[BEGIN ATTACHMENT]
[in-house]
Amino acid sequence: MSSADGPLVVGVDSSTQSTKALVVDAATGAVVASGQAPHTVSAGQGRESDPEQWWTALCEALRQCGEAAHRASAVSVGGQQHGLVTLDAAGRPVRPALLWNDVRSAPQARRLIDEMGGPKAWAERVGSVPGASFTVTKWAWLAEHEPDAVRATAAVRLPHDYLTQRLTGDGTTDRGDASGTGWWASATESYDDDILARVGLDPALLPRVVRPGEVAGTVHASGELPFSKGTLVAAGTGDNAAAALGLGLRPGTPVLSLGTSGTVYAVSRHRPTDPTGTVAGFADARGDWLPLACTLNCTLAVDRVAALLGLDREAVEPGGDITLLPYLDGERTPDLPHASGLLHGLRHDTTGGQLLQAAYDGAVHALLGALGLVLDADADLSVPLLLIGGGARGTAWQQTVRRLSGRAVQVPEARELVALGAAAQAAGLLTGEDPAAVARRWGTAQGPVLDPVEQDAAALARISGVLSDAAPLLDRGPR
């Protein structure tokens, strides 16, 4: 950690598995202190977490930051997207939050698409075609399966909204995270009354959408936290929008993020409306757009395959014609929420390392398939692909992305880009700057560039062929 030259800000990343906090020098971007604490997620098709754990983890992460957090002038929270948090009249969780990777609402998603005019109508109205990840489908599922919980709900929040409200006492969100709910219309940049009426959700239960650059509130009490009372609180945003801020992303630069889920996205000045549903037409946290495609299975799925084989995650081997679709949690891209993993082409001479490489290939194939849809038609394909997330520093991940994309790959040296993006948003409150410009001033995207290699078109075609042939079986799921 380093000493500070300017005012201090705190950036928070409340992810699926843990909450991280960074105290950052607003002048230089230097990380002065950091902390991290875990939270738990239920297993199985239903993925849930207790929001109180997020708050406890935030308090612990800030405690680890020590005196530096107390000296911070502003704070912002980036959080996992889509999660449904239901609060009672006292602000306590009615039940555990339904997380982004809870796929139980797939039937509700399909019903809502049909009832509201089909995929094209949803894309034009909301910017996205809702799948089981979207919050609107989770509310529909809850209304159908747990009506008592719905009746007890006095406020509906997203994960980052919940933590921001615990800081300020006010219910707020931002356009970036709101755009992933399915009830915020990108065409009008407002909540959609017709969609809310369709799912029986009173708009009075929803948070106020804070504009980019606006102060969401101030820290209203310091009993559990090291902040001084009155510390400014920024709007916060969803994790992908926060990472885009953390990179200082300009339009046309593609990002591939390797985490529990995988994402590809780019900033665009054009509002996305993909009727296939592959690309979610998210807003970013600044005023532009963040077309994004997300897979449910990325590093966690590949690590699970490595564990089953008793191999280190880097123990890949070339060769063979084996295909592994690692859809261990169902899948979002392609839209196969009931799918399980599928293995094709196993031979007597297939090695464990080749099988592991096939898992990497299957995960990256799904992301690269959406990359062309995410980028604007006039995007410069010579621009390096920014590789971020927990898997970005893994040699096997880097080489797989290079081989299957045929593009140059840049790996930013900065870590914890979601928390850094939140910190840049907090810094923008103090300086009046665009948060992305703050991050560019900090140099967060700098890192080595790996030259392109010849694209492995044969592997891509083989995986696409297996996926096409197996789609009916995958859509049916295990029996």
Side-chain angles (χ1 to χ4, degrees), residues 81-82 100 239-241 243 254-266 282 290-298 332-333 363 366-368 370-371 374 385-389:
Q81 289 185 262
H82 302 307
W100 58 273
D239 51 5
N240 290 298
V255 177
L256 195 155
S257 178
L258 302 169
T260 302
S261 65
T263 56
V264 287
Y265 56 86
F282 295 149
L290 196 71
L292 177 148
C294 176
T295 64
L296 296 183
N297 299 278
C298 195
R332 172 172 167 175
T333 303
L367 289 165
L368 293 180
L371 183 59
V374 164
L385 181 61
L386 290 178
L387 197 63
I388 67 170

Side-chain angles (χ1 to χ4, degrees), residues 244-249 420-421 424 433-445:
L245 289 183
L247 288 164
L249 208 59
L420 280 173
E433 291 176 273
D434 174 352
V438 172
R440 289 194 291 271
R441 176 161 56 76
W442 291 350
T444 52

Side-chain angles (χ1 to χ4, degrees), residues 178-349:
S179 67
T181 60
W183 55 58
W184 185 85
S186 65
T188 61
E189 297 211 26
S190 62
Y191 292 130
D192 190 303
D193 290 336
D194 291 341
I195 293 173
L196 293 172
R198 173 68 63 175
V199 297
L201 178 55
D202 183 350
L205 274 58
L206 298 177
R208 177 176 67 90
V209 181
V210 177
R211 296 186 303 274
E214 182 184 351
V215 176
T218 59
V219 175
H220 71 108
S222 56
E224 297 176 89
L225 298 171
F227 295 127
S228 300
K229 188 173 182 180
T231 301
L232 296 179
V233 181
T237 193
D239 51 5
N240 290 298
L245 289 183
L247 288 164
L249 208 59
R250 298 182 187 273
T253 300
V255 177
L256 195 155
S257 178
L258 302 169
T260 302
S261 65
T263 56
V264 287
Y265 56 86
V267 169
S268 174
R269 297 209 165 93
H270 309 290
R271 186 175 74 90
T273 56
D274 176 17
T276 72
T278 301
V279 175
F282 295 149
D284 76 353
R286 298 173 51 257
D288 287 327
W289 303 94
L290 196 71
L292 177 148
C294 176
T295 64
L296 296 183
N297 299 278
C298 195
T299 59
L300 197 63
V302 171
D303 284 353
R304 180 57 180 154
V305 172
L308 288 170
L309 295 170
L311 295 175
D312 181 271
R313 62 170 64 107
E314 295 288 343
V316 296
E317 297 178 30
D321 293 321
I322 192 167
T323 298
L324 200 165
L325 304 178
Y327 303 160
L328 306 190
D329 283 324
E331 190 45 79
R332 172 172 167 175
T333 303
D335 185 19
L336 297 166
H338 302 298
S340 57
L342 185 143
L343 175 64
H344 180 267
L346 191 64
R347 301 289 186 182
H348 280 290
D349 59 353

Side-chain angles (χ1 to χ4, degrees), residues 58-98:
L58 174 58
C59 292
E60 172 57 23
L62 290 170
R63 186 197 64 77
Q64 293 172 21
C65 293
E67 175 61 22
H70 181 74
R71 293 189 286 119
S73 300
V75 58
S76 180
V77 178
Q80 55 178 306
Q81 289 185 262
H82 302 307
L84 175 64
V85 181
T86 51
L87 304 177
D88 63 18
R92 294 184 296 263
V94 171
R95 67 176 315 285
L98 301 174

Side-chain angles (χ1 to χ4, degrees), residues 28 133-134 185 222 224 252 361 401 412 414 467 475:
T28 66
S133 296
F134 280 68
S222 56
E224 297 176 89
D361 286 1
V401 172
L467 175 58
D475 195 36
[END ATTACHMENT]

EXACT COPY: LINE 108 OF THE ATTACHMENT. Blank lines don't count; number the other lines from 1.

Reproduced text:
H270 309 290